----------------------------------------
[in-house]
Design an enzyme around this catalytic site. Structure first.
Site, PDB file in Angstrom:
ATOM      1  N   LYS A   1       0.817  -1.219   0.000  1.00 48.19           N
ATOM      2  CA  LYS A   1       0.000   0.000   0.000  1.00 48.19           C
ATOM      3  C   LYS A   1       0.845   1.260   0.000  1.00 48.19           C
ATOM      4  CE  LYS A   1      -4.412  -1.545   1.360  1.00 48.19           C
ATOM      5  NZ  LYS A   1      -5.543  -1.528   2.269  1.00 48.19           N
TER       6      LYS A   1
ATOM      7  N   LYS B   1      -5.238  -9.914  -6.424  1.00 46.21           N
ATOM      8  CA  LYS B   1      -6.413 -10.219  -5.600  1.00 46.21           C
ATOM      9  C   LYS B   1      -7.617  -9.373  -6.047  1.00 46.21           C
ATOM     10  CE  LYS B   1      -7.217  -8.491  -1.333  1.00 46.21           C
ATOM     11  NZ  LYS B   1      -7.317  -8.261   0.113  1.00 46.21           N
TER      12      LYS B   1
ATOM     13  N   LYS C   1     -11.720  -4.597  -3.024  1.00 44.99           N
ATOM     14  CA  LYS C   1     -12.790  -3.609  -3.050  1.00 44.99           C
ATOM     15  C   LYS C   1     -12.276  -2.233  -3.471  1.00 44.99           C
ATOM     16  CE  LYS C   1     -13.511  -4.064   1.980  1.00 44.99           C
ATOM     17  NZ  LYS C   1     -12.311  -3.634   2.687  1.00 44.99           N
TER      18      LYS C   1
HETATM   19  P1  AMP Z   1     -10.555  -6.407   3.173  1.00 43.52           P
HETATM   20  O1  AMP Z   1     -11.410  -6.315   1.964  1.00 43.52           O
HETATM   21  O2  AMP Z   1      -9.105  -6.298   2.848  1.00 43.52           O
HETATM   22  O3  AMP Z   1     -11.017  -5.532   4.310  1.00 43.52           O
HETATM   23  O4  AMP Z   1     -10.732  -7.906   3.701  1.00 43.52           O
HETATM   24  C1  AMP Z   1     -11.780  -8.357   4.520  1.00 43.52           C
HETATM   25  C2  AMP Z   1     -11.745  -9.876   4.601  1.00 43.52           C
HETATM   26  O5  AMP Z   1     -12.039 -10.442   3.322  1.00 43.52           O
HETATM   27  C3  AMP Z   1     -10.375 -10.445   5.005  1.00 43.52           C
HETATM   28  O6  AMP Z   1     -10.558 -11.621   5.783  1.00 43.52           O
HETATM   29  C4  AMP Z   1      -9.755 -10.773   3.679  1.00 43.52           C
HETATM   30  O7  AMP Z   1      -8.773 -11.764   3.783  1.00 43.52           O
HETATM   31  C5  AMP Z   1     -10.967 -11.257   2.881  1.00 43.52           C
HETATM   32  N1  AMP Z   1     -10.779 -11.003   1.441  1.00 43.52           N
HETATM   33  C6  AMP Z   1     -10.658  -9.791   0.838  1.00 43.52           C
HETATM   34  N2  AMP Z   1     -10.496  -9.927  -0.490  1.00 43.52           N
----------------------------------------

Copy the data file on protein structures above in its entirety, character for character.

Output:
[in-house]
Design an enzyme around this catalytic site. Structure first.
Site, PDB file in Angstrom:
ATOM      1  N   LYS A   1       0.817  -1.219   0.000  1.00 48.19           N
ATOM      2  CA  LYS A   1       0.000   0.000   0.000  1.00 48.19           C
ATOM      3  C   LYS A   1       0.845   1.260   0.000  1.00 48.19           C
ATOM      4  CE  LYS A   1      -4.412  -1.545   1.360  1.00 48.19           C
ATOM      5  NZ  LYS A   1      -5.543  -1.528   2.269  1.00 48.19           N
TER       6      LYS A   1
ATOM      7  N   LYS B   1      -5.238  -9.914  -6.424  1.00 46.21           N
ATOM      8  CA  LYS B   1      -6.413 -10.219  -5.600  1.00 46.21           C
ATOM      9  C   LYS B   1      -7.617  -9.373  -6.047  1.00 46.21           C
ATOM     10  CE  LYS B   1      -7.217  -8.491  -1.333  1.00 46.21           C
ATOM     11  NZ  LYS B   1      -7.317  -8.261   0.113  1.00 46.21           N
TER      12      LYS B   1
ATOM     13  N   LYS C   1     -11.720  -4.597  -3.024  1.00 44.99           N
ATOM     14  CA  LYS C   1     -12.790  -3.609  -3.050  1.00 44.99           C
ATOM     15  C   LYS C   1     -12.276  -2.233  -3.471  1.00 44.99           C
ATOM     16  CE  LYS C   1     -13.511  -4.064   1.980  1.00 44.99           C
ATOM     17  NZ  LYS C   1     -12.311  -3.634   2.687  1.00 44.99           N
TER      18      LYS C   1
HETATM   19  P1  AMP Z   1     -10.555  -6.407   3.173  1.00 43.52           P
HETATM   20  O1  AMP Z   1     -11.410  -6.315   1.964  1.00 43.52           O
HETATM   21  O2  AMP Z   1      -9.105  -6.298   2.848  1.00 43.52           O
HETATM   22  O3  AMP Z   1     -11.017  -5.532   4.310  1.00 43.52           O
HETATM   23  O4  AMP Z   1     -10.732  -7.906   3.701  1.00 43.52           O
HETATM   24  C1  AMP Z   1     -11.780  -8.357   4.520  1.00 43.52           C
HETATM   25  C2  AMP Z   1     -11.745  -9.876   4.601  1.00 43.52           C
HETATM   26  O5  AMP Z   1     -12.039 -10.442   3.322  1.00 43.52           O
HETATM   27  C3  AMP Z   1     -10.375 -10.445   5.005  1.00 43.52           C
HETATM   28  O6  AMP Z   1     -10.558 -11.621   5.783  1.00 43.52           O
HETATM   29  C4  AMP Z   1      -9.755 -10.773   3.679  1.00 43.52           C
HETATM   30  O7  AMP Z   1      -8.773 -11.764   3.783  1.00 43.52           O
HETATM   31  C5  AMP Z   1     -10.967 -11.257   2.881  1.00 43.52           C
HETATM   32  N1  AMP Z   1     -10.779 -11.003   1.441  1.00 43.52           N
HETATM   33  C6  AMP Z   1     -10.658  -9.791   0.838  1.00 43.52           C
HETATM   34  N2  AMP Z   1     -10.496  -9.927  -0.490  1.00 43.52           N